In an initial response to his father's death, John Demjanjuk's son, John Demjanjuk Jr. said on Saturday that his father died as a “victim and survivor of Soviet and German brutality since childhood.”
“He loved life, his family and humanity," said Demjanjuk Jr., "History will show Germany used him as a scapegoat to blame helpless Ukrainian POWs for the deeds of Nazi Germans.”
Demjanjuk was convicted of being a low-ranking guard at the Sobibor death camp, but his 35-year fight on three continents to clear his name a legal battle that had not yet ended when he died Saturday at age 91 made him one of the best-known faces of Nazi prosecutions.
The conviction of the retired Ohio autoworker in a Munich court in May on 28,060 counts of being an accessory to murder, which was still being appealed, broke new legal ground in Germany as the first time someone was convicted solely on the basis of in a specific killing.
It has opened the floodgates to hundreds of new investigations in Germany, though his death serves as a reminder that time is running out for prosecutors.
Ukrainian-born Demjanjuk steadfastly maintained that he had been mistaken for someone else first wounded as a Soviet soldier fighting German forces, then captured and held as a prisoner of war under brutal conditions.
And he is probably best known as someone he was not: the notoriously brutal guard "Ivan the Terrible" at the Treblinka extermination camp. That was the first accusation against him, which led to him being extradited from the U.S. to Israel in the 1980s. He was tried, convicted, and sentenced to death, only to have the Israeli Supreme Court unanimously overturn the verdict and return him to the U.S. after it received evidence that another Ukrainian, not Demjanjuk, was that Nazi guard.
"He has become at least one of the faces" of the Holocaust, Israeli historian Yehuda Bauer said in a telephone interview from Jerusalem.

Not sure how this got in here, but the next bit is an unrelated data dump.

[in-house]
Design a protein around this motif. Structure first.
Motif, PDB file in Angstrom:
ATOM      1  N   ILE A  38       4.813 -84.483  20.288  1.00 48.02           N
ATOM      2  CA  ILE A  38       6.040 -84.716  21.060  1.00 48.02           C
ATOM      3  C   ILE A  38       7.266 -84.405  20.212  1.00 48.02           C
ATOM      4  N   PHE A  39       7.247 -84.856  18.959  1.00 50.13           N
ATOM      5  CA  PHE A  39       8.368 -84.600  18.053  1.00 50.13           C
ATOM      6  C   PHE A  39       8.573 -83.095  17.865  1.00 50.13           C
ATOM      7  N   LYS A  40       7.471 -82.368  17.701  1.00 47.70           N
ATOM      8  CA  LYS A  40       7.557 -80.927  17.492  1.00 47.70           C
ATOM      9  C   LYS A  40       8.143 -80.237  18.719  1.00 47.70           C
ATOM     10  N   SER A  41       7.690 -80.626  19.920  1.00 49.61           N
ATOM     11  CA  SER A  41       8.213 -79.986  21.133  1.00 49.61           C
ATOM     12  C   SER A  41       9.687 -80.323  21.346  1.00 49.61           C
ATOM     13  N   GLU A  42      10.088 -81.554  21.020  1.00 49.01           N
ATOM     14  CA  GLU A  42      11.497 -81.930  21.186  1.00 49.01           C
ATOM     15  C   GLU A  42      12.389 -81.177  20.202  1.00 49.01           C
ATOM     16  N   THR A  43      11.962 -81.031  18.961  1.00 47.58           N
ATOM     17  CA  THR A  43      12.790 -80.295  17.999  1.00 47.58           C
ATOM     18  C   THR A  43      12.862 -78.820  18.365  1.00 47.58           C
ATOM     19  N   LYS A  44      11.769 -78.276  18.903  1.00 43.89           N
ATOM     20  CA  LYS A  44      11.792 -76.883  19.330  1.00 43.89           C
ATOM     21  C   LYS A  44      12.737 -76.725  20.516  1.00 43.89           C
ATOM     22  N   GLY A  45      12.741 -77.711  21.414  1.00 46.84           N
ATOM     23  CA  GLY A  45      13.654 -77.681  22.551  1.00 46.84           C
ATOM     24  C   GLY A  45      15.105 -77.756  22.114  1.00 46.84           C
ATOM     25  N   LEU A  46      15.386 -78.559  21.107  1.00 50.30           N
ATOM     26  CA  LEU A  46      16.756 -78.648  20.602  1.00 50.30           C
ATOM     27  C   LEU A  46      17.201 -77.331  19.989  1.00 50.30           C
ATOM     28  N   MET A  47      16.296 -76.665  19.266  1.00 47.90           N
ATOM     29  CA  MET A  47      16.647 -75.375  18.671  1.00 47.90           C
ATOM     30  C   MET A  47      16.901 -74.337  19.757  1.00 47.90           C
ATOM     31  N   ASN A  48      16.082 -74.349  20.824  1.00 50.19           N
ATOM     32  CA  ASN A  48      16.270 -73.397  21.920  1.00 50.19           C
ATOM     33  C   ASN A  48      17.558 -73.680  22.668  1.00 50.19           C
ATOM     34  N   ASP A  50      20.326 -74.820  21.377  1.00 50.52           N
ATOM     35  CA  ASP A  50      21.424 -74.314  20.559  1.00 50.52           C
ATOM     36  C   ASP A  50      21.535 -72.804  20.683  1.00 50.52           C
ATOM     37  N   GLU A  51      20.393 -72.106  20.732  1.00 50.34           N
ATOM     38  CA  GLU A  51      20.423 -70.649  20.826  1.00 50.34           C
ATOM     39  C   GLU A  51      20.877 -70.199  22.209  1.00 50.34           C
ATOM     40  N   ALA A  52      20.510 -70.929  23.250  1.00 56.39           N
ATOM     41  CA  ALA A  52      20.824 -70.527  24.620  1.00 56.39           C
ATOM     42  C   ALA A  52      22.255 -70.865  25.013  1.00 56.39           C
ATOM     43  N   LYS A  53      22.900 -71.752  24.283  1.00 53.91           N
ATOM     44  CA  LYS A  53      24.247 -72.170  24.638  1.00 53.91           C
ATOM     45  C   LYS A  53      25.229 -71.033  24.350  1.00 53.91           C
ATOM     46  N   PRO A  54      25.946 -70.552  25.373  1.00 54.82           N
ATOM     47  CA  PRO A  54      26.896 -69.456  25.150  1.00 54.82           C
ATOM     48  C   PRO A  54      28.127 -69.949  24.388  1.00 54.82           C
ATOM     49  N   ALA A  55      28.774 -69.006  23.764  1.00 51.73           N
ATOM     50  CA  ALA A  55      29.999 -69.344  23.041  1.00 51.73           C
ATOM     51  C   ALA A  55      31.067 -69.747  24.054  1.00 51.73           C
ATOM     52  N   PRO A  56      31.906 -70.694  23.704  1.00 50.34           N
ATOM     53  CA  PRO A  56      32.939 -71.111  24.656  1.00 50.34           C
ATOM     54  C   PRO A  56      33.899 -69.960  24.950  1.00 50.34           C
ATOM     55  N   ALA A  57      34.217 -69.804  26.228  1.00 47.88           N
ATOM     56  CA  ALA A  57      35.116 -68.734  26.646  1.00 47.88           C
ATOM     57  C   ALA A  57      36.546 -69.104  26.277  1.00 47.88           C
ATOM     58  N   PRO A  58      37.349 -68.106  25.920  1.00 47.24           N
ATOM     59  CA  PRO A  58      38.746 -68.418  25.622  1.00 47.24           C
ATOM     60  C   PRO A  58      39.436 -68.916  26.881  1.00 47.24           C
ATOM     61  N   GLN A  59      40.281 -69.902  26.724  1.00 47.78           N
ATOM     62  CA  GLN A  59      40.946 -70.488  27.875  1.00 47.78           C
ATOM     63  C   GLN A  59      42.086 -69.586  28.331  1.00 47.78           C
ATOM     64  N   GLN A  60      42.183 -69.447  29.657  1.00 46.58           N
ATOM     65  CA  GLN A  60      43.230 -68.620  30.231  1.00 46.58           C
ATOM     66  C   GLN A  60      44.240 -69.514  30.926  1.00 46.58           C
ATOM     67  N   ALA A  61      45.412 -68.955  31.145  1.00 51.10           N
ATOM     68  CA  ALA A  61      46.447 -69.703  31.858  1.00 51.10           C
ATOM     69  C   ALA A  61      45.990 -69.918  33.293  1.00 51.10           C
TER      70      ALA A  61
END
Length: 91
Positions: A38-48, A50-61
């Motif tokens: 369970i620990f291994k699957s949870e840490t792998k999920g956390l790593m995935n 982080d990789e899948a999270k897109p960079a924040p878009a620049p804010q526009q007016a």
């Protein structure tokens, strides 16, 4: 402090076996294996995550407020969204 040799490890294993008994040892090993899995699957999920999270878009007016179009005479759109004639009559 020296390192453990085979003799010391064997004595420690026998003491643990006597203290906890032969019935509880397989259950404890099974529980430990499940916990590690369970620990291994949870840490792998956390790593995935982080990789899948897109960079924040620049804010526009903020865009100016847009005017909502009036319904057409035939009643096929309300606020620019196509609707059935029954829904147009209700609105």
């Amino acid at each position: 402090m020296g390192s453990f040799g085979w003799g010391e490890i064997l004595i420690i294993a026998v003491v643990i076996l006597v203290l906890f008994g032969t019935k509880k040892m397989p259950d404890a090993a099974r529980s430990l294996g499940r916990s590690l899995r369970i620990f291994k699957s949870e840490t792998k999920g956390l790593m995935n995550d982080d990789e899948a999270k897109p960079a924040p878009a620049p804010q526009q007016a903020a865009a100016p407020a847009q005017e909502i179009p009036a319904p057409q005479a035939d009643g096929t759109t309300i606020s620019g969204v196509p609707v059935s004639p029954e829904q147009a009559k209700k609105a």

"His case illustrates the principle that whenever even a very low-ranking Nazi criminal can be found and convicted, the importance is not in the sentence, not in the amount of time such a person may have to sit in jail, the important thing is to bring the crime to the attention of the general public."
But attorney Yoram Sheftel, who defended Demjanjuk in the Israel trial, criticized the German conviction of Demjanjuk as a Sobibor "Wachmann", the lowest rank of the "Hilfswillige" prisoners who agreed to serve the Nazis and were subordinate to German SS men, while higher-ranking Germans were acquitted in years past.
“I can only call it a prostitution of the Holocaust," he said.
After his conviction in May, Demjanjuk was sentenced to five years in prison, but was appealing the case to Germany's high court. He was released pending the appeal, and died a free man in his own room in a nursing home in the southern Bavarian town of Bad Feilnbach.
Professor Cornelius Nestler of Cologne University, who represented the victims' families in the trial, told Haaretz on Saturday that his clients "received what they had expected from his conviction, that he was held accountable for accessory to murder of their parents and siblings in Sobibor."
Despite the fact that there will be no appeal on Demjanjuk's appeal, Nestler believes that such an appeal "never had a chance to succeed."
"The evidence is clear," he says, "John Demjanjuk was a guard in Sobibor. I hope that the written verdict of the district court in Munich, which summarizes all the evidence and makes clear that Demjanjuk participated in the mass murder in Sobibor will find the attention it deserves.”
According to a German newspaper, Demjanjuk will be buried in Germany where the state will pay for his burial.
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